There was ‘freedom’ but freedom with rules…
One of the enduring myths of the pioneer era is that it was a time of complete freedom. After all, people just had the open road in front of them. They left their old lives – and old troubles – behind them and had the chance to start anew. While this is mostly true, most pioneers didn’t enjoy complete freedom ‘on the road’. Moreover, hardly anyone would have wanted that. To travel alone (and so completely free) came with a number of risks. Far safer to travel in a group or in a convoy. And traveling with others usually meant following the rules of the road.
Histories of the trail reveal that almost every wagon train was highly-organized. And for good reason – those with rules in place were more likely to make it to Oregon safe and sound than those with a more anarchic approach to heading west. In most cases, a group would elect a leader or leaders before they set off. Often, members would also sign a written constitution or set of rules, too. Such rules would vary between wagon trains. In some cases, they were very strict indeed. Drinking was discouraged, or even banned for most of the time, while gambling could also be banned. So, those old films of pioneers drinking hooch while playing cards? Not always completely accurate. On the plus side, wagon groups could be as benevolent as they were strict. Provisions were in place should a member fall sick or even died on the way. This improvised form of social security kept the wagons on track and looked after the more vulnerable members of a group. Some groups took this even further by forming companies among themselves: The Peoria Pioneers and the Wild Rovers were just two of the (best-named) firms on the Trail.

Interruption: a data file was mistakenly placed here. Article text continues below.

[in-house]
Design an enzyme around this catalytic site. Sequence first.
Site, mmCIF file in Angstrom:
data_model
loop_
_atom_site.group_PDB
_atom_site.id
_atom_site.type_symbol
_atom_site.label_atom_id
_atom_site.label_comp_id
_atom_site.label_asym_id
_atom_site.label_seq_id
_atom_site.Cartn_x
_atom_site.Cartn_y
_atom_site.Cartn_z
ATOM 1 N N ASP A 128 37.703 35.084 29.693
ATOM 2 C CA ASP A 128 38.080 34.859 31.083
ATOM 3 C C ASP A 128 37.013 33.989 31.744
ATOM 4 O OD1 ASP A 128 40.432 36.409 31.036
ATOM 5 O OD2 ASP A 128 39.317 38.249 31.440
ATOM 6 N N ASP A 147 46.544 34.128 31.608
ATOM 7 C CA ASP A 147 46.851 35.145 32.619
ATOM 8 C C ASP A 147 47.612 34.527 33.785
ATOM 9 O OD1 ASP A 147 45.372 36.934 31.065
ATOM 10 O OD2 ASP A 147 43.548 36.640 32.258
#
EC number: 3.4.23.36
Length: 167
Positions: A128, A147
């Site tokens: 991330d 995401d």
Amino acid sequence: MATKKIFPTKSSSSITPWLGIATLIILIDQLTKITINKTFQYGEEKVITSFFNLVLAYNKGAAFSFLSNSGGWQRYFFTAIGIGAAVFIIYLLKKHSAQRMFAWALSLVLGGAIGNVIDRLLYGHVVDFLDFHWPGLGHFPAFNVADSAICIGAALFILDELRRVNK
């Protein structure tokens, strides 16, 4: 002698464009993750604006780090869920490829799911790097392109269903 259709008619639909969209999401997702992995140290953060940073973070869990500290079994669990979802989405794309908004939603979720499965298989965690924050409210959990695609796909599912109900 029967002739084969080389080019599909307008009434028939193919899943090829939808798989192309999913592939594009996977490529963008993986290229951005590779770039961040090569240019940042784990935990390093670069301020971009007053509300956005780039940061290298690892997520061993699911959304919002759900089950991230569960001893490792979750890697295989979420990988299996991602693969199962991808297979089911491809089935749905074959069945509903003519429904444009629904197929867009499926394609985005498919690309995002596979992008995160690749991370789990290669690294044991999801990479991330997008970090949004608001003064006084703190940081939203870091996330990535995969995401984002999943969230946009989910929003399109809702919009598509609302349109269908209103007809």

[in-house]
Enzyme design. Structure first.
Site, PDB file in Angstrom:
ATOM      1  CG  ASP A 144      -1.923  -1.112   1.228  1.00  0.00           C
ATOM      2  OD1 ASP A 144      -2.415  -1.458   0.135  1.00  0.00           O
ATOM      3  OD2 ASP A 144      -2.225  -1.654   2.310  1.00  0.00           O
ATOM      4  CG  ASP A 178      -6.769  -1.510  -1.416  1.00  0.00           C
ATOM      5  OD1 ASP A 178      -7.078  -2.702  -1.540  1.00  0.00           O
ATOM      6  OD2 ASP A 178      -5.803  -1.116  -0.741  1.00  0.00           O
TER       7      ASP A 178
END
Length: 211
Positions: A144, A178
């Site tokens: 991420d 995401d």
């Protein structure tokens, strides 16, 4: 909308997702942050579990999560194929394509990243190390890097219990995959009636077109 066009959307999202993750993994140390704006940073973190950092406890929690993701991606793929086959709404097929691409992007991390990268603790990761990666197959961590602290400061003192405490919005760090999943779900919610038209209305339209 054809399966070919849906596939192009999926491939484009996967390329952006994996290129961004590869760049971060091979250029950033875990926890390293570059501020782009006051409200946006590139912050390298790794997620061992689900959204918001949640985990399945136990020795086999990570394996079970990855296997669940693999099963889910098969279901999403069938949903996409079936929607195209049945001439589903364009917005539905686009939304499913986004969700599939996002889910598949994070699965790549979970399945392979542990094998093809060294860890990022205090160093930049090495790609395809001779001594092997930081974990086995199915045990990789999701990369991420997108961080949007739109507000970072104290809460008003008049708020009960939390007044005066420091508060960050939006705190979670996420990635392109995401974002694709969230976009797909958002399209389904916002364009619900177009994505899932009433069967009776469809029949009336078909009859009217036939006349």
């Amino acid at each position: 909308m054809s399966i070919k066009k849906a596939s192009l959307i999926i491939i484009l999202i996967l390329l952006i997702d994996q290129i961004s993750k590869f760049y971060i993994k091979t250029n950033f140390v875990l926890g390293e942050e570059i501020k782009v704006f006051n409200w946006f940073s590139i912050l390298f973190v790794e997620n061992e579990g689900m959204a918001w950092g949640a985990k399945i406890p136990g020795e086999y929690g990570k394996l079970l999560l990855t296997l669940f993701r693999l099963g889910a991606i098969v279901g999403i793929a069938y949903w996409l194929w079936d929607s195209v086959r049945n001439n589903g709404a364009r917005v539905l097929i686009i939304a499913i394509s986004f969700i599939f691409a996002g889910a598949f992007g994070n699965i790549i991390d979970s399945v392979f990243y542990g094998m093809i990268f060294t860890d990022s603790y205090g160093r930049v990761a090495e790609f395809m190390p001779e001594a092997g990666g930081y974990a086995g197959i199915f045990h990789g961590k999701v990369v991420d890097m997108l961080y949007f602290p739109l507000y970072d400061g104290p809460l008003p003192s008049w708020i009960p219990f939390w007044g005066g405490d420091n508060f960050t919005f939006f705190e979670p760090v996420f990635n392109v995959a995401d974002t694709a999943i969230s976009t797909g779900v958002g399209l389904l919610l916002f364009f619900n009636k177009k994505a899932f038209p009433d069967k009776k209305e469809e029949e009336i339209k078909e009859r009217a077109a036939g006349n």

And, this being the 19th century, there was hardly much equality of the genders on the Oregon Trail. Indeed, even in the middle of nowhere, the traditional gender roles were firmly entrenched. Sundays were a rest day for the men and for the animals too. But for women? Well, a day’s rest gave them a chance to catch up on their domestic chores. Above all, Sunday was usually set aside for doing laundry. As you might expect, the road was dirty and dusty, with clean, fresh water hard to come by. So, once a week, the women were expected to clean what they could – after they’d attended a religious service, of course.